In blue light, they take everything
off, pleats and plaid fall to the floor,
windows open to the cold of night,
his hands warm as Sunday,
aching from the miles of minutes
between them, a communion
of the body, grace they need
from each other.

These winter nights are muted hopes,
banked coals in the fireplace,
McCoy Tyner on the stereo.

Who needs the ruthless words of seduction
or the molded clay of false affirmations?
Isn’t it all rumor and ego anyway?
The metal front door lost
its handle years ago, but they
still lock and unlock
as they need to, and the clock
on the mantle directs the moon
through the room faster than ever.
Isn’t it in the parlor of her body
he wants to abide?
Sleep will fall like snow.


The fringe on the mala beads frays
after daily doses of short caresses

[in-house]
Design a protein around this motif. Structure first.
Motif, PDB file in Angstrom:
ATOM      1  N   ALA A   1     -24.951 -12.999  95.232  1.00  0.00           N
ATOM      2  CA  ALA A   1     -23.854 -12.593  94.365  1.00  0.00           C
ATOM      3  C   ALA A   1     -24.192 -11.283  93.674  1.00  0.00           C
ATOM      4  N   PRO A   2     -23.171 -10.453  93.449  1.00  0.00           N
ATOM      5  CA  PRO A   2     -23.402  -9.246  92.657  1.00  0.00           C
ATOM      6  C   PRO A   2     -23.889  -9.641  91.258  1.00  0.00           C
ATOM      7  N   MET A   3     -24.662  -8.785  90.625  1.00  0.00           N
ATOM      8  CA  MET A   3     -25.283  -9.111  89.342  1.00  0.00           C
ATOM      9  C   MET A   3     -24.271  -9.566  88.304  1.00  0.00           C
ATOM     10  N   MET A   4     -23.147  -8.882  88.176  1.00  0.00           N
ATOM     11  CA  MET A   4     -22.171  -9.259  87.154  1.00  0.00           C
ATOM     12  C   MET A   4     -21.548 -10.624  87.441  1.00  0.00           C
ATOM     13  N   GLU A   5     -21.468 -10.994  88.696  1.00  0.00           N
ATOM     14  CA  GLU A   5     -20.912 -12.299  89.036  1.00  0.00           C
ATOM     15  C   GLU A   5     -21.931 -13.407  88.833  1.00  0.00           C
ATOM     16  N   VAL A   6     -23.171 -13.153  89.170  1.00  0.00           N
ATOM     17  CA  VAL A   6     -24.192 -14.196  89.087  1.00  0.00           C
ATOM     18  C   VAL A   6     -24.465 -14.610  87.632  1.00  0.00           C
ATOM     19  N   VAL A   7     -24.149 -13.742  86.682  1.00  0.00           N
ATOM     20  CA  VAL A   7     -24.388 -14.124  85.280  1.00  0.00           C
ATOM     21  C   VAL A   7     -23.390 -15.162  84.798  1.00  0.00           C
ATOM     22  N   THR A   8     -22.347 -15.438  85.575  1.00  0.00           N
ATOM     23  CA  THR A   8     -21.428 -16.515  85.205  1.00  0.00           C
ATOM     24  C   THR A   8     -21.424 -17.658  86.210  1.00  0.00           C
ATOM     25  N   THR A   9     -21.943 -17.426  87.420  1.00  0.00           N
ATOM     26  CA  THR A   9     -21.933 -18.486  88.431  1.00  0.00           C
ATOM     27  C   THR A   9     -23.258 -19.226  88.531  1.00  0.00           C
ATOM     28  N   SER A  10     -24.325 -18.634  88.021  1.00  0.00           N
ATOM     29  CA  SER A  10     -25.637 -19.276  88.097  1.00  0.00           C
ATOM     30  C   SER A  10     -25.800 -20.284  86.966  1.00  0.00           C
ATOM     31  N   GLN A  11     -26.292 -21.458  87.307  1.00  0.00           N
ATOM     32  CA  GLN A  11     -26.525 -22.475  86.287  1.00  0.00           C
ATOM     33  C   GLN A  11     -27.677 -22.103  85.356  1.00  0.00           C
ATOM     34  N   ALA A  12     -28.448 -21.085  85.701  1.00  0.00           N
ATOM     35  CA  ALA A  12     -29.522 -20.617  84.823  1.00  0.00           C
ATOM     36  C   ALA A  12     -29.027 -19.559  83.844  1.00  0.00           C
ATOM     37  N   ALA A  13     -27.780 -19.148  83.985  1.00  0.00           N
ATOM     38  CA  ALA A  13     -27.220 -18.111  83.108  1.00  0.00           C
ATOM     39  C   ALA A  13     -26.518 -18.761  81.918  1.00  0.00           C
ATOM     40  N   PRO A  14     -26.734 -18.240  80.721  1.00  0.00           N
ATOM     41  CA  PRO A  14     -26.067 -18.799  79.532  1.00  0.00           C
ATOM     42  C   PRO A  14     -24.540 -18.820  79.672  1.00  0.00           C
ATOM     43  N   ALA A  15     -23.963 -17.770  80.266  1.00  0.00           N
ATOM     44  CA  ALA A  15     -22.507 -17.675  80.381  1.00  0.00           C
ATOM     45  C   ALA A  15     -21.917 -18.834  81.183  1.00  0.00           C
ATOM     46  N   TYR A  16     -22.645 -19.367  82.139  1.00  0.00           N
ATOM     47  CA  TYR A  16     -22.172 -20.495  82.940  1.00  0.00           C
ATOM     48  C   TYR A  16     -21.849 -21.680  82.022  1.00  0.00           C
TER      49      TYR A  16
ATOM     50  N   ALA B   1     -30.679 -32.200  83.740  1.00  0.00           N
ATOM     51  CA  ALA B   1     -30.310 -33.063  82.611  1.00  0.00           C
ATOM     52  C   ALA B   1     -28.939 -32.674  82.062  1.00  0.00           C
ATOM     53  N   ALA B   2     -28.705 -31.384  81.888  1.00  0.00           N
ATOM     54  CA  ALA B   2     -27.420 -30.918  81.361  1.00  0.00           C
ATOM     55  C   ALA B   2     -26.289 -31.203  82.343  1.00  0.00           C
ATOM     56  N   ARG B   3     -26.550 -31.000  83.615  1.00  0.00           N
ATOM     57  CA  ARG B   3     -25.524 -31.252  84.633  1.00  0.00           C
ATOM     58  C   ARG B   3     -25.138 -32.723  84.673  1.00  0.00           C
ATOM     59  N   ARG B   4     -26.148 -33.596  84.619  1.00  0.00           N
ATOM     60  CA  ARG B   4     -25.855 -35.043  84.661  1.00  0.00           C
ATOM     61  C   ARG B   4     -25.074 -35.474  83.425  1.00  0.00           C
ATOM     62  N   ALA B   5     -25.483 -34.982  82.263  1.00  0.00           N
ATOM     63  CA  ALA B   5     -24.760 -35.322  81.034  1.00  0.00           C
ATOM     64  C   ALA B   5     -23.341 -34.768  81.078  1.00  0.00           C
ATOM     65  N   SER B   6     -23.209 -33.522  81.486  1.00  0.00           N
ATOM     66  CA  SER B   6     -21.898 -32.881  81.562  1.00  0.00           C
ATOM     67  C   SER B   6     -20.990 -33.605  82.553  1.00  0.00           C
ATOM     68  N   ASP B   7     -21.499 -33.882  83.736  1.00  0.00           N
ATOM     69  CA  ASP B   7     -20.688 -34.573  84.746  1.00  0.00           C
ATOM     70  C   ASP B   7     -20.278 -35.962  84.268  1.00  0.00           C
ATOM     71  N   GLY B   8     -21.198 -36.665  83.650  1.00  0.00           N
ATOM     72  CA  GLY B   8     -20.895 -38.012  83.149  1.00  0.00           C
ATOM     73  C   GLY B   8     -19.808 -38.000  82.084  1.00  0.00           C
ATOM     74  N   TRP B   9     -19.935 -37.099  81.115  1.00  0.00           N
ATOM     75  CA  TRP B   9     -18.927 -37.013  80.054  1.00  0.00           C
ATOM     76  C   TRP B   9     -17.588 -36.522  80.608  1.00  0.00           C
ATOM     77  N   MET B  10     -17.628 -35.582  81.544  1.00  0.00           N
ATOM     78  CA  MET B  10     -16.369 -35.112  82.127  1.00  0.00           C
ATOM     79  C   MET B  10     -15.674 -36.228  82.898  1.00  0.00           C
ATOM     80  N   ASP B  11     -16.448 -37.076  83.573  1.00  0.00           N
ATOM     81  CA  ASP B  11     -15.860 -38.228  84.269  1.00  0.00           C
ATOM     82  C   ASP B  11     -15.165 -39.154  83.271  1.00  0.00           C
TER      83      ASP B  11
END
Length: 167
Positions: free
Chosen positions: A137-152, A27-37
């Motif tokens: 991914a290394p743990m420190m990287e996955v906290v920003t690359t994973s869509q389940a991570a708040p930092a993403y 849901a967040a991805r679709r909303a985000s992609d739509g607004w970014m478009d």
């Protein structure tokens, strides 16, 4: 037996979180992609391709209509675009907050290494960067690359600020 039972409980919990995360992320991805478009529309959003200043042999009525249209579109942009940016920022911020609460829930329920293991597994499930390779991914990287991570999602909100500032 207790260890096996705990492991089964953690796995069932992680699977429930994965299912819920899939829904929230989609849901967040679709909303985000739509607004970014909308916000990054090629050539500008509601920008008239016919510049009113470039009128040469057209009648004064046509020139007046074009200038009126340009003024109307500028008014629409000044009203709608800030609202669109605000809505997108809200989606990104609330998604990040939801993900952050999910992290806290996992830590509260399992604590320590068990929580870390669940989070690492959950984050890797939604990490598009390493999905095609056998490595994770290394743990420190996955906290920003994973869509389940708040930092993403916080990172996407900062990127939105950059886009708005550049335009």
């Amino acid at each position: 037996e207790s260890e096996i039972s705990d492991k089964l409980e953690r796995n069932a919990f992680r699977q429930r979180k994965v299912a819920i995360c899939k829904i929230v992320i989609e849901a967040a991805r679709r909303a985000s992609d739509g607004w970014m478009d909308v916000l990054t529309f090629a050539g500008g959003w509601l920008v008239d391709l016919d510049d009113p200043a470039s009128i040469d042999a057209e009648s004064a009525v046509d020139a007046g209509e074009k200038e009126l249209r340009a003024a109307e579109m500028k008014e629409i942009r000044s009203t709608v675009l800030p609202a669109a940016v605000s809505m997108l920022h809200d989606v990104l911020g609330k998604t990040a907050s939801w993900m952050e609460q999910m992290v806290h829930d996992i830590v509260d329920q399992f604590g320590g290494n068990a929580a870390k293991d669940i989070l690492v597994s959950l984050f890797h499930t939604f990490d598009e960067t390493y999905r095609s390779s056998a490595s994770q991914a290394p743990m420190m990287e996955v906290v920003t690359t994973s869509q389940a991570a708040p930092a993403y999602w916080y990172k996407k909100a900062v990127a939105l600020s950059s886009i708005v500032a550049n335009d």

and empty, cloudless chants.
They were made for use: utilitarian.
I use that word in my art history class
when I refer to the Minoan clay pots
or the Merovingian fibula.
I know my hands are utilitarian too,
but when I bring them together to pray,
they become purely ornamental.
I’ve asked for so many things.
I’ve begged for the newsprint
of the day to announce something,
anything else. Black and white, however,
always remains black and white.

Photo by skatedrunk00

Didi Jackson

DIDI JACKSON’s poems have appeared in Ploughshares, Passages North, Sierra Nevada Review, and Poetry South. Her chapbook, Slag & Fortune, was published in 2013 by Floating Wolf Quarterly. She divides her time between Vermont and Florida, and currently teaches humanities at the University of Central Florida.

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